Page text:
in inflation coupled with the avoidance of policy reversals, would assist in
rebuilding the image of the country.
"As monetary authorities, we
want to register our immense appreciation to the International Monetary Fund
and the World Bank for their continued support in our turnaround programme,"
"The six-month window of opportunity the country has been
given to consolidate its turnaround programme will be fully utilised to
further align the policy framework with the vision of balanced and sustained
economic growth," he said.
Political violence resurfaces Gift Phiri POLITICAL
violence has resurfaced with greater intensity ahead of the general election
scheduled for March next year, opposition leader Morgan Tsvangirai has
Tsvangirai in his weekly message said Zanu PF militants had been
attacking his party's leaders and disrupting their rallies. The MDC leader
said ruling party supporters in Buhera disrupted his meeting last Wednesday.
He said there was an attempt on his life in Mvurwi last
Tsvangirai was confronted by a group of war veterans at Marenga
Business Centre near Birchneough Bridge last week. He said tension was also
high at Domboshava Business Centre in Goromonzi last Saturday. A group of
war veterans based at a squatter camp known as Sally Mugabe Heights
outside Harare's Borrowdale suburb tried to disrupt Tsvangirai's meeting.
"They shouted obscenities and threatened those at the meeting with
death," Tsvangirai said.
Meanwhile, a group of about 50 Zanu PF
militias abducted Bob Makone, the younger brother of MDC official Ian Makone,
and force-marched him to a Zanu PF base after a rally addressed by Education
minister Aeneas Chigwedere at Musavadye School in Wedza also last Saturday.
Makone was severely assaulted the whole night by the Zanu PF thugs and
released on Sunday morning.
The group returned to the Makone
homestead in the morning chanting anti-MDC slogans and accused Theresa
Makone, the party's candidate for Wedza constituency in the forthcoming
parliamentary election, of being a sellout. They demanded that she be killed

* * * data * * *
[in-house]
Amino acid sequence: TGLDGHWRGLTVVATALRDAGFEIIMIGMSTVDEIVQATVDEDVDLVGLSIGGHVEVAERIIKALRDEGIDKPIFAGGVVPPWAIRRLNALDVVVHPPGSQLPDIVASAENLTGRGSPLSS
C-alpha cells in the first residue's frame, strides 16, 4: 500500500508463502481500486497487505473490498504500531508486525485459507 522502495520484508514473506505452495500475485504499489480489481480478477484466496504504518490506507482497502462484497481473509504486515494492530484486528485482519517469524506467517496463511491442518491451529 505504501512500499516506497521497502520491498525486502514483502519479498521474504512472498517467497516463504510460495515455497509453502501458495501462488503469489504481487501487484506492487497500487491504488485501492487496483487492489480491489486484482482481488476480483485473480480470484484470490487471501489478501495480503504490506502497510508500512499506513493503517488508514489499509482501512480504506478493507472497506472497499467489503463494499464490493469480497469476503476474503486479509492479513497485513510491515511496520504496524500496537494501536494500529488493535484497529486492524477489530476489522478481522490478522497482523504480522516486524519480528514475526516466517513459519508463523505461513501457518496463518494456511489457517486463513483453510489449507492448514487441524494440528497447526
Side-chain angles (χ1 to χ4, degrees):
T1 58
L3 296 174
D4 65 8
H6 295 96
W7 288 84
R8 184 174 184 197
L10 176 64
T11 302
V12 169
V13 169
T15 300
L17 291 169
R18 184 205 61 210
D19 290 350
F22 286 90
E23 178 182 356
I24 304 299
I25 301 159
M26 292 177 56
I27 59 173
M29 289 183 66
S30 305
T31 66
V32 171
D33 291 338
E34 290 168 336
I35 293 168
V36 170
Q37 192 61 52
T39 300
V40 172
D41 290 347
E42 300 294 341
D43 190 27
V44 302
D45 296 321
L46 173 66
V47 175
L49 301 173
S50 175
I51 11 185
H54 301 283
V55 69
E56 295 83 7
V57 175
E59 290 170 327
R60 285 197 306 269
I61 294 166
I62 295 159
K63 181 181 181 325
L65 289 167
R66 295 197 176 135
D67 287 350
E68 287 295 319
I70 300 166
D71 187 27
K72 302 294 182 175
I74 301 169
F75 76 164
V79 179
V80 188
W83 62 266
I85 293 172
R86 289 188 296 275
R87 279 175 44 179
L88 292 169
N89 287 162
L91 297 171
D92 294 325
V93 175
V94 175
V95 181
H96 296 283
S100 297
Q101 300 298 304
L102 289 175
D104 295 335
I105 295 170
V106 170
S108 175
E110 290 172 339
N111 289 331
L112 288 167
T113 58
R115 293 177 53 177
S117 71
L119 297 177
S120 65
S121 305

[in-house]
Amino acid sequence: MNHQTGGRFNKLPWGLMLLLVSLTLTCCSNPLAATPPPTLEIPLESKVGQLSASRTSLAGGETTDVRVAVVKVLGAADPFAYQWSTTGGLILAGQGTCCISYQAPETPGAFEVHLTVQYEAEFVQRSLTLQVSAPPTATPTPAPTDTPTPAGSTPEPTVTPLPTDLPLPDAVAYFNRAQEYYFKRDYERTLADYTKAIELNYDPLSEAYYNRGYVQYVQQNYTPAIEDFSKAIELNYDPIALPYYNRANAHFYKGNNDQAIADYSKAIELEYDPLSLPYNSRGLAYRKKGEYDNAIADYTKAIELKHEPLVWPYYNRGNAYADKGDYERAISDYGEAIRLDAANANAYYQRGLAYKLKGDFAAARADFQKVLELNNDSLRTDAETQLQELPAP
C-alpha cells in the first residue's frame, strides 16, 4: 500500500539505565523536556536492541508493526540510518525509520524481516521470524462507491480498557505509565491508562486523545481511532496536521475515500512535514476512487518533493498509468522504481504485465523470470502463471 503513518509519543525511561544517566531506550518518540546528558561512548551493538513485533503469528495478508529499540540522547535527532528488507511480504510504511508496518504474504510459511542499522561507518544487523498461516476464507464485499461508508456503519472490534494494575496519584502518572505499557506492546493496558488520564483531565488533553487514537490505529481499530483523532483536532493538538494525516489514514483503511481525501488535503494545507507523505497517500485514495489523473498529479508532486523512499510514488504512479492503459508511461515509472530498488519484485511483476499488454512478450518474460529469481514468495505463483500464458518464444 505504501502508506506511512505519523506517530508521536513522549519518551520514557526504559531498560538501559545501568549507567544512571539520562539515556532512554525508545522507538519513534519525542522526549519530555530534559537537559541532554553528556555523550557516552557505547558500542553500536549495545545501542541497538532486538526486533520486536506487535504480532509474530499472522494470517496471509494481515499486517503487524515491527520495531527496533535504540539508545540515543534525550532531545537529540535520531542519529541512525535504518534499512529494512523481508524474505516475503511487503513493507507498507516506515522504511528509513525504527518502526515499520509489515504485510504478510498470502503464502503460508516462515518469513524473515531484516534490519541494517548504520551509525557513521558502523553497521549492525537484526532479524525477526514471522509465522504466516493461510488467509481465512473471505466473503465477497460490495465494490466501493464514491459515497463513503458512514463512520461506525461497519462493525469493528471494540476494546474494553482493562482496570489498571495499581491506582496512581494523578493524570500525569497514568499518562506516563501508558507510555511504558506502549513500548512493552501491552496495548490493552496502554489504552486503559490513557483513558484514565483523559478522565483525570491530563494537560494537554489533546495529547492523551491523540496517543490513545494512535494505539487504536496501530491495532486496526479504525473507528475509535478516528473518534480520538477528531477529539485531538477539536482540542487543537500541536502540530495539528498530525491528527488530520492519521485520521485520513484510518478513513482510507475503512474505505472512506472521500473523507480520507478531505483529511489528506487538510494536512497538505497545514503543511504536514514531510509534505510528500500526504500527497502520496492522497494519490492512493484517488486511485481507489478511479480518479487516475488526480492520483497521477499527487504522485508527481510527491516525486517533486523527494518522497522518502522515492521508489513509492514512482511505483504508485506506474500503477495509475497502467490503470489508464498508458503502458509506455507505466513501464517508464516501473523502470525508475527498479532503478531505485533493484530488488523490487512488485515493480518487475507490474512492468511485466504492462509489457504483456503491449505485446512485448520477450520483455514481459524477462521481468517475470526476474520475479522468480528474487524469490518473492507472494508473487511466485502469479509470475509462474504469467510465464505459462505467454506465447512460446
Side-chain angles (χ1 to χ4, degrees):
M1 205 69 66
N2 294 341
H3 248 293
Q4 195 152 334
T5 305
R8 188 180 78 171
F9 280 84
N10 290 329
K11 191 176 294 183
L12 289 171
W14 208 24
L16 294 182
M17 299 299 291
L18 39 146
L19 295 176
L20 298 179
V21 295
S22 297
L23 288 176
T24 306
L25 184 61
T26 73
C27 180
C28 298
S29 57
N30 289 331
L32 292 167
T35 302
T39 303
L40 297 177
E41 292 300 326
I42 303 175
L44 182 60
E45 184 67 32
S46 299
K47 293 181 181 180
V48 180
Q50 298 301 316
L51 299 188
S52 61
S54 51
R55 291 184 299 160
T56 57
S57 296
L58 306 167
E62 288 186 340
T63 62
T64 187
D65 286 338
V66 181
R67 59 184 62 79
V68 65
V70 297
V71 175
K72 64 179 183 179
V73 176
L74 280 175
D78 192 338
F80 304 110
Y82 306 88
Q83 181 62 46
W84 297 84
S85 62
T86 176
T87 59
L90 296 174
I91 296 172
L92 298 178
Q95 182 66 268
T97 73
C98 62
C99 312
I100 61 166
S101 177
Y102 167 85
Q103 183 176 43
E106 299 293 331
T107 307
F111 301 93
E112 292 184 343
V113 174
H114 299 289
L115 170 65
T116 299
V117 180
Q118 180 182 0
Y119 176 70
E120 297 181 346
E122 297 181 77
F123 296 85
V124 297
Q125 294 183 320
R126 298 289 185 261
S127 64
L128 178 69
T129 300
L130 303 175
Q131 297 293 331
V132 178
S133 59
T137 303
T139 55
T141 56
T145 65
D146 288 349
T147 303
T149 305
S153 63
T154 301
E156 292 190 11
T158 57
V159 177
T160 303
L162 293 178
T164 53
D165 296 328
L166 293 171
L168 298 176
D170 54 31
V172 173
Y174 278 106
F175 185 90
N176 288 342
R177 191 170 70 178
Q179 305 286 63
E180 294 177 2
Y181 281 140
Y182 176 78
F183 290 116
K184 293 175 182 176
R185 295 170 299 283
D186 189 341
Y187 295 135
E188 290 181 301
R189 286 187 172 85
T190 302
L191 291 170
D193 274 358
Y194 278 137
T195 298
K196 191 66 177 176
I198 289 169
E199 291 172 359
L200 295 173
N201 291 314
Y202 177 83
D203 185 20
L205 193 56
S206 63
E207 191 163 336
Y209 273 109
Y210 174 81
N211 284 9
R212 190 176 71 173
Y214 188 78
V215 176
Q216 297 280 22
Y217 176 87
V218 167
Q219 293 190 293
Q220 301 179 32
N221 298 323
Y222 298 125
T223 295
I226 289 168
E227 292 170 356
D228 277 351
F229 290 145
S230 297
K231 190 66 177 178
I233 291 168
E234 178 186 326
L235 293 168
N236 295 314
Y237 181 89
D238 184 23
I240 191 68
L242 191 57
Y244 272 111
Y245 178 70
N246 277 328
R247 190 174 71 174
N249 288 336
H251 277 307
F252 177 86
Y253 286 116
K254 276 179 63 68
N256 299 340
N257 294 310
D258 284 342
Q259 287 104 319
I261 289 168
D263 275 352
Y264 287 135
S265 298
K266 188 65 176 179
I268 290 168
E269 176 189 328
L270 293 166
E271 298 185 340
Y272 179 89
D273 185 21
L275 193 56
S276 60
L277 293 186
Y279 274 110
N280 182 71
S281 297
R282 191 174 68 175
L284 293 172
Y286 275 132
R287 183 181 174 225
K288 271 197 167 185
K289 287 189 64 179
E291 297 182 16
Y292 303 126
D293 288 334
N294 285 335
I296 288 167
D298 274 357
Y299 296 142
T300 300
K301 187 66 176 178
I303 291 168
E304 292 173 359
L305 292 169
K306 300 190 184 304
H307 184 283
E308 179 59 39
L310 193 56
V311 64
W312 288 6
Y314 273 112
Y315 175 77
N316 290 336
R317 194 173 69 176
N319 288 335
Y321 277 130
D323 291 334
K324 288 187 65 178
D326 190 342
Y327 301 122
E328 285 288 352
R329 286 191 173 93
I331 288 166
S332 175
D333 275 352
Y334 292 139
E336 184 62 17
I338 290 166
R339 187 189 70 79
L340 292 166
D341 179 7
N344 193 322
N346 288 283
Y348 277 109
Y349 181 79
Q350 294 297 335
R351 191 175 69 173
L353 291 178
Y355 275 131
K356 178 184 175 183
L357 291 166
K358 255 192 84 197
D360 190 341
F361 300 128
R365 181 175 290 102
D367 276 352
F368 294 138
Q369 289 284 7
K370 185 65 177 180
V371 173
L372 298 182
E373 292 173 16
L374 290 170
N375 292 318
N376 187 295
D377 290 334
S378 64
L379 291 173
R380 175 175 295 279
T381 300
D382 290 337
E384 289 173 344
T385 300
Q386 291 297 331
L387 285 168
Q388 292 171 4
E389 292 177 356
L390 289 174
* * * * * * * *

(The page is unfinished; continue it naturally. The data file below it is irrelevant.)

for daring to stand on an MDC ticket.
MDC spokesman Paul Themba
Nyathi said it was appalling that Chigwedere, who is also the current Wedza
MP, should encourage "barbaric and diabolic acts" in a desperate effort to
retain power when President Robert Mugabe has been calling for peace.
MDC completes poll survey Itai Dzamara MOVEMENT for
Democratic Change (MDC) leader Morgan Tsvangirai says his party has completed
a survey across the country which reveals that people are not willing to
participate in an election that is not guaranteed to be free
In an interview last week, Tsvangirai said his party has
held meetings countrywide to determine people's expectations.
our meetings countrywide, people were not anxious about taking part in an
election with a predetermined outcome. They said they would rather stay at
home," said Tsvangirai.
"The questions they raised were best answered
by the setting up of essential institutional safeguards to attend to open
electoral infringements witnessed in Zimbabwe during the past five
The MDC is currently carrying out a consultative process
which started off with 12 provincial committees and is now at the level of
district committees, Tsvangirai said.
"A position will come out of
this process and we will decide what to do in the event that Zanu PF fails to
provide a conducive electoral framework," he said.
He said the MDC
would convene a conference towards election time bringing together provincial
and district committees to review the situation and make a decision on the
Meanwhile, MDC spo-kesperson Paul Themba-Nyathi this
week said the opposition party was almost through with the process of
selecting candidates to contest next year's polls.
"We still use
the selection process that has been in place since the formation of the
party. Our constitution stipulates that two thirds of members in district
committees must confirm the candidature of a seating MP," Nyathi
"In that event, the sitting MP is eligible to represent the
party. If the incumbent MP fails to get the two thirds support, then the
doors are opened for all those interested in standing in that particular
constituency to mount their challenges. At that stage a sort of primary
election would be held."
Out of the 51 legislators for the MDC, 42
have been confirmed to contest next year's elections, Nyathi
Five MPs will have to contest against aspiring candidates for
the right to represent the MDC in their constituencies after failing to get
endorsement from district committees. These are Trudy Stevenson of Harare
North, Sydney Mukwecheni of Mutare North, Tichaona Munyanyi of Mbare East,
Bethel Makwembere of Mkoba and Danmore Makuwaza of Mbare West.
late Ben Tumbare-Mutasa of Seke had also failed to get endorsement. There are
three constituencies in which the MDC's district committees are yet to decide
on the eligibility of incumbent MPs. These are Hwange East, Gwanda North and
The MDC will also be fielding candidates in the other
constituencies across the country where it failed to win or contest in the
2000 elections, Nyathi said.
Church leaders under pressure Shakeman Mugari AS
the campaign for the upcoming election gets under way, Zanu PF is understood
to be urging church leaders in Seke constituency to compel
their congregations to attend a political rally scheduled for